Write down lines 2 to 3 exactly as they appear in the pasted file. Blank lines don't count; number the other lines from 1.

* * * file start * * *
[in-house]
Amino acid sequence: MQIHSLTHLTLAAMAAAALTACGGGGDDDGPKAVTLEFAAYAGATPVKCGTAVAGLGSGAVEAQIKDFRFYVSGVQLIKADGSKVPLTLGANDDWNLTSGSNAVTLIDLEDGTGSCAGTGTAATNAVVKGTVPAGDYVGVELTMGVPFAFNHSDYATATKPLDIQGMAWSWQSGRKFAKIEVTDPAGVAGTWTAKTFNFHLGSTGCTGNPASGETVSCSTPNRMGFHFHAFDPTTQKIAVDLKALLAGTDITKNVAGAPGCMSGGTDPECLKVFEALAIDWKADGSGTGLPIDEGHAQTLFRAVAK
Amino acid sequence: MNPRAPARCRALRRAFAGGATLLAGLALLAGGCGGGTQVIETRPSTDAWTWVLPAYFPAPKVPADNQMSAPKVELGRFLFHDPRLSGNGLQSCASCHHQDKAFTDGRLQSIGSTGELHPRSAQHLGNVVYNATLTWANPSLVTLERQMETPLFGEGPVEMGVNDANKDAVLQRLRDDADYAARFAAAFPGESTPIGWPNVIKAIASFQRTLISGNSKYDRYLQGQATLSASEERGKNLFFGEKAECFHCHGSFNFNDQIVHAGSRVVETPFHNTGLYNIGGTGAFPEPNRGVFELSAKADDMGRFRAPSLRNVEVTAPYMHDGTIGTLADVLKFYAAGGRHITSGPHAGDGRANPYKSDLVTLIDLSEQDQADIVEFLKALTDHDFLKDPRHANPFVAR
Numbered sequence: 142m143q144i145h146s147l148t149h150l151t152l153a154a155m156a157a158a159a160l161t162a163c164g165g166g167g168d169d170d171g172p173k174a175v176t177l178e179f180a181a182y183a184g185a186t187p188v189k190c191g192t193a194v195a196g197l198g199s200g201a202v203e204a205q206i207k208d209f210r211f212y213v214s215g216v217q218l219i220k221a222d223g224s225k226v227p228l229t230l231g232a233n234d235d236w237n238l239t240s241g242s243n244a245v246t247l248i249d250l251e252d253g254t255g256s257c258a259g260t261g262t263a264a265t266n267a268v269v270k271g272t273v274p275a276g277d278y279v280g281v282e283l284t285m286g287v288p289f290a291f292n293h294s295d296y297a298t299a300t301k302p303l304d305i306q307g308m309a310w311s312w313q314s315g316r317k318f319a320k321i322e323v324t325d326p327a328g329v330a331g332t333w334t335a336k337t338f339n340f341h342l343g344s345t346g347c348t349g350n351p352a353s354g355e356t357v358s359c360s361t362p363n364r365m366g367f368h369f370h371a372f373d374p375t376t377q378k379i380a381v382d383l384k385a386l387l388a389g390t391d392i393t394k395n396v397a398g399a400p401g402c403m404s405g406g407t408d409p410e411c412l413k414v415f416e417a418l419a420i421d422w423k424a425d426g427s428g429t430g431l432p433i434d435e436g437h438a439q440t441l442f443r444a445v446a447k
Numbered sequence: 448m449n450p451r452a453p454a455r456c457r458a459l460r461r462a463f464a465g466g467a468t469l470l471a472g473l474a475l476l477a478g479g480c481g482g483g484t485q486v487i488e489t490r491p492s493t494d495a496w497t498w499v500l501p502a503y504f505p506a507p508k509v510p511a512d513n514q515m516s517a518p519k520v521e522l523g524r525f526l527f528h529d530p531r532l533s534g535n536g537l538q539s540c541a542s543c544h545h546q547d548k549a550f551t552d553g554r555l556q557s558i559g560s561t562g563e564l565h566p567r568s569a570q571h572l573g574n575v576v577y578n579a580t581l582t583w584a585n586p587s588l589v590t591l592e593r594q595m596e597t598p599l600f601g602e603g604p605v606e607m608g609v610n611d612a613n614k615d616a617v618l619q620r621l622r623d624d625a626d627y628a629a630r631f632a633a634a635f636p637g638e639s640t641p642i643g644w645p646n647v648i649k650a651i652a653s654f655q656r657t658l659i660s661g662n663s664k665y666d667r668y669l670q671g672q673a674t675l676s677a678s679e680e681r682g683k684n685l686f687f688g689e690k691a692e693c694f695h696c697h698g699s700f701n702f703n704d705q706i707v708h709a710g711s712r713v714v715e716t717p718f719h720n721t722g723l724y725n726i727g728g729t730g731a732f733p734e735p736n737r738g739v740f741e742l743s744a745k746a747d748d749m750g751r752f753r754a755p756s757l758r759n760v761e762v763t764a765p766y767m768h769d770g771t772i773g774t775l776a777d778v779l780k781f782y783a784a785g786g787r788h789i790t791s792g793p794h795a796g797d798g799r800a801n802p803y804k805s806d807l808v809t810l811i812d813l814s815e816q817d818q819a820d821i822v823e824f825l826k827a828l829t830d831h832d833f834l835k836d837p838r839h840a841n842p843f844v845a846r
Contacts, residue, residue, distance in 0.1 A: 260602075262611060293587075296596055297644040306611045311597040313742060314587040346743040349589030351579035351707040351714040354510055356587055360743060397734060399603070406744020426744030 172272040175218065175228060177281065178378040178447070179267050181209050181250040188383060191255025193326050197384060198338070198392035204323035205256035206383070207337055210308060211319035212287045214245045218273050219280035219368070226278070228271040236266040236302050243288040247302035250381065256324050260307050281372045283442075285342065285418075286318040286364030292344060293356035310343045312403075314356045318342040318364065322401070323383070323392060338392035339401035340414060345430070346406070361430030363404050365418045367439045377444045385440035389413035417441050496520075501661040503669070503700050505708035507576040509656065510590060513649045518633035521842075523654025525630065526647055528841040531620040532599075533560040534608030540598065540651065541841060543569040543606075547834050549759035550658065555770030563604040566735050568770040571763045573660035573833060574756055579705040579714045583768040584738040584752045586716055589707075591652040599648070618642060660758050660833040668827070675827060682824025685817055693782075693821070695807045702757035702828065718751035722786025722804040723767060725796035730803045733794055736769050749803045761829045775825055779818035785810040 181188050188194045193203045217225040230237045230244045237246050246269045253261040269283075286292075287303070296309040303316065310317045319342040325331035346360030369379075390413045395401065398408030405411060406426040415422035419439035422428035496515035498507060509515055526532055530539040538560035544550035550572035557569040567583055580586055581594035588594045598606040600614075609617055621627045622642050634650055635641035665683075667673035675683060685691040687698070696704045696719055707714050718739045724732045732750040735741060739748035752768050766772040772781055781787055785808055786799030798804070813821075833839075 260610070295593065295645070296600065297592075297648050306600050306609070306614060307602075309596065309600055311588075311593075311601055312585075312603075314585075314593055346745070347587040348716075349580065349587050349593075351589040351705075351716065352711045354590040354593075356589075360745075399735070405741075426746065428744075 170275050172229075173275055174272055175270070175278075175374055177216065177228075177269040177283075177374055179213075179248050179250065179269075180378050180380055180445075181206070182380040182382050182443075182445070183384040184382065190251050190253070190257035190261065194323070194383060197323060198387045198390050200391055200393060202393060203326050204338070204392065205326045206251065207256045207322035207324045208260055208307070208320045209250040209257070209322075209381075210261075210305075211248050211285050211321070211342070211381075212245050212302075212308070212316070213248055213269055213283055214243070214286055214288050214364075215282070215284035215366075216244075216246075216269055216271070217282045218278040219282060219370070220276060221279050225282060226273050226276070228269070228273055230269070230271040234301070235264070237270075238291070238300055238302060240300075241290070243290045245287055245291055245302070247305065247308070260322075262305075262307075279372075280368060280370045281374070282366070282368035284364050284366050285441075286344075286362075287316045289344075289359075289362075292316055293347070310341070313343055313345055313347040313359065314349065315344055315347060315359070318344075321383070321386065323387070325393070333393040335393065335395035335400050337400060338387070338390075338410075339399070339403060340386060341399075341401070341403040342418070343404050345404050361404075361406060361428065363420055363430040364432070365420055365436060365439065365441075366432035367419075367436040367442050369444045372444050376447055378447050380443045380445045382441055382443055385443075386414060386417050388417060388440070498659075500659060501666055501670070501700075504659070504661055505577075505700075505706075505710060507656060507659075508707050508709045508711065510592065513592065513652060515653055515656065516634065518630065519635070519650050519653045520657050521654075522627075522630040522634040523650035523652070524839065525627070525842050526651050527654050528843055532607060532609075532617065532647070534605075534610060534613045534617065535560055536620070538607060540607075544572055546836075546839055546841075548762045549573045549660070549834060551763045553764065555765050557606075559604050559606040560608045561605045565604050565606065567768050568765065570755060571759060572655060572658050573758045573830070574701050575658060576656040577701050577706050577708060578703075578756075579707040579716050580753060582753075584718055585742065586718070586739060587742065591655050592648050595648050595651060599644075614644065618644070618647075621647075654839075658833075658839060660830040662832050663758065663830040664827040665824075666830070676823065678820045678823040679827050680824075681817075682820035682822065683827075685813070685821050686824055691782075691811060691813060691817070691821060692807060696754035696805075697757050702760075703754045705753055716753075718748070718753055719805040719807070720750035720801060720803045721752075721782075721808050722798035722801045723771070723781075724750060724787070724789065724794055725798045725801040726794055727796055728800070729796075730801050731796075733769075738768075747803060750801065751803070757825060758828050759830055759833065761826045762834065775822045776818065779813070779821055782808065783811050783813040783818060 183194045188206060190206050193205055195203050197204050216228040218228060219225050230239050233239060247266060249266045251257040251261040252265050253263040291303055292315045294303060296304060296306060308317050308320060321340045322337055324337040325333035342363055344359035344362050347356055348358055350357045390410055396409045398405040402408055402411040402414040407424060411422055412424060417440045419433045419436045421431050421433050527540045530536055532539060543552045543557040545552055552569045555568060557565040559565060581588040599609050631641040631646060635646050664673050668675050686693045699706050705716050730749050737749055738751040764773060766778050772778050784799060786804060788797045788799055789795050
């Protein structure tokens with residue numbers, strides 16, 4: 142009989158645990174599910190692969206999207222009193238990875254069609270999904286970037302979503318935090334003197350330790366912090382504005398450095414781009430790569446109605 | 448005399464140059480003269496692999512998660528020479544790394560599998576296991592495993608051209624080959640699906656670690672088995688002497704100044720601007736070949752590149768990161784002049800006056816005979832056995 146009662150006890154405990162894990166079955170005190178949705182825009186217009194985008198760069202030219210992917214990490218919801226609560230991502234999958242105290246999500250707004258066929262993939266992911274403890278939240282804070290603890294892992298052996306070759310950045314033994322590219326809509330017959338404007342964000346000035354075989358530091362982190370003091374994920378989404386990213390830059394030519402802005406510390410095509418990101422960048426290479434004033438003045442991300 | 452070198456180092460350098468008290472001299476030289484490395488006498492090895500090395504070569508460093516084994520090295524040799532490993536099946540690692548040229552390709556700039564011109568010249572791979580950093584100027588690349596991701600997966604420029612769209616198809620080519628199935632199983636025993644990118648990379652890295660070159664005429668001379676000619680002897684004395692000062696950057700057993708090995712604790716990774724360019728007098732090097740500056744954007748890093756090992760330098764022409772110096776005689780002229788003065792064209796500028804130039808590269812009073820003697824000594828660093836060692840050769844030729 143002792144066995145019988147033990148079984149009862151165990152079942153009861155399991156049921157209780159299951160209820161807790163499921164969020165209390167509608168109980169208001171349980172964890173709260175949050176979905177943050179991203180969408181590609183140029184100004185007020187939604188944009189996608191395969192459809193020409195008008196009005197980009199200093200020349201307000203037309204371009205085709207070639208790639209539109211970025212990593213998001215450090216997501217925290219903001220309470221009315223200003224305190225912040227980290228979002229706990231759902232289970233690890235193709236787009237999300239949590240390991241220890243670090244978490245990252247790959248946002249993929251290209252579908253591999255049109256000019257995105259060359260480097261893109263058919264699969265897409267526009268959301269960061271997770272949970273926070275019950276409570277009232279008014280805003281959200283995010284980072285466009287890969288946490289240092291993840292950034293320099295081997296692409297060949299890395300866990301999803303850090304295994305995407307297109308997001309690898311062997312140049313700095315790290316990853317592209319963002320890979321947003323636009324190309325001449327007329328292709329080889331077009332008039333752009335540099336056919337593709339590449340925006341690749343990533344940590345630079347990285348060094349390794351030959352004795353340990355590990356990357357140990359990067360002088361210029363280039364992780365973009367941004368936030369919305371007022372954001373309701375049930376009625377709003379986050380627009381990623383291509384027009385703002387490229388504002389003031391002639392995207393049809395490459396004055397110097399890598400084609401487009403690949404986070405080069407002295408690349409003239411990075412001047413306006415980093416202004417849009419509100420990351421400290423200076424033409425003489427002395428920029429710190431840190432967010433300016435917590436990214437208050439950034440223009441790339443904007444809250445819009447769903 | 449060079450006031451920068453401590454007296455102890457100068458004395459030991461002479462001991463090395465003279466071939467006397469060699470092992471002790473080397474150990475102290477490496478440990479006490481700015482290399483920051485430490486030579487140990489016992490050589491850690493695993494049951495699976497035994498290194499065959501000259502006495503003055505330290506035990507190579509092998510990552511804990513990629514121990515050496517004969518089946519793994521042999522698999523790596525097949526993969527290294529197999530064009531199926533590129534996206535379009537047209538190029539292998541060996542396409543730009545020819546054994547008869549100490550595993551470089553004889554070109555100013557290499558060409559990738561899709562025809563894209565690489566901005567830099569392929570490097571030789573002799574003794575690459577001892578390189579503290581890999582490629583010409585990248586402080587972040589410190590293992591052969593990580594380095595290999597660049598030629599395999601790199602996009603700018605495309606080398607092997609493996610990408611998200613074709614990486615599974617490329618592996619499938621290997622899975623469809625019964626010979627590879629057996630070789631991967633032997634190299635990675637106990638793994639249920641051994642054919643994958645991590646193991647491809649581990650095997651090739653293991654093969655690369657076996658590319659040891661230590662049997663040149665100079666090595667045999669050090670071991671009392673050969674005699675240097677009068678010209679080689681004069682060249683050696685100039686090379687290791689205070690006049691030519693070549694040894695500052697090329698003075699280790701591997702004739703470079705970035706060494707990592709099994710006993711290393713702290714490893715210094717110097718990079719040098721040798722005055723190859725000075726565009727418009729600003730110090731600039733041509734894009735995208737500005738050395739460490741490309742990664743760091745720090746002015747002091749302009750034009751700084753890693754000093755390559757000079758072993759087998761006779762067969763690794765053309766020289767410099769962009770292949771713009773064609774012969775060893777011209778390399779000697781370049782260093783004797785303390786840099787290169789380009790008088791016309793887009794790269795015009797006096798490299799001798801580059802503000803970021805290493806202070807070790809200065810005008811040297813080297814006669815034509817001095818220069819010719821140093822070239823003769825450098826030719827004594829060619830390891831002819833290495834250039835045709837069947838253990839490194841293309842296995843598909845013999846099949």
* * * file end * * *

Amino acid sequence: MQIHSLTHLTLAAMAAAALTACGGGGDDDGPKAVTLEFAAYAGATPVKCGTAVAGLGSGAVEAQIKDFRFYVSGVQLIKADGSKVPLTLGANDDWNLTSGSNAVTLIDLEDGTGSCAGTGTAATNAVVKGTVPAGDYVGVELTMGVPFAFNHSDYATATKPLDIQGMAWSWQSGRKFAKIEVTDPAGVAGTWTAKTFNFHLGSTGCTGNPASGETVSCSTPNRMGFHFHAFDPTTQKIAVDLKALLAGTDITKNVAGAPGCMSGGTDPECLKVFEALAIDWKADGSGTGLPIDEGHAQTLFRAVAK
Amino acid sequence: MNPRAPARCRALRRAFAGGATLLAGLALLAGGCGGGTQVIETRPSTDAWTWVLPAYFPAPKVPADNQMSAPKVELGRFLFHDPRLSGNGLQSCASCHHQDKAFTDGRLQSIGSTGELHPRSAQHLGNVVYNATLTWANPSLVTLERQMETPLFGEGPVEMGVNDANKDAVLQRLRDDADYAARFAAAFPGESTPIGWPNVIKAIASFQRTLISGNSKYDRYLQGQATLSASEERGKNLFFGEKAECFHCHGSFNFNDQIVHAGSRVVETPFHNTGLYNIGGTGAFPEPNRGVFELSAKADDMGRFRAPSLRNVEVTAPYMHDGTIGTLADVLKFYAAGGRHITSGPHAGDGRANPYKSDLVTLIDLSEQDQADIVEFLKALTDHDFLKDPRHANPFVAR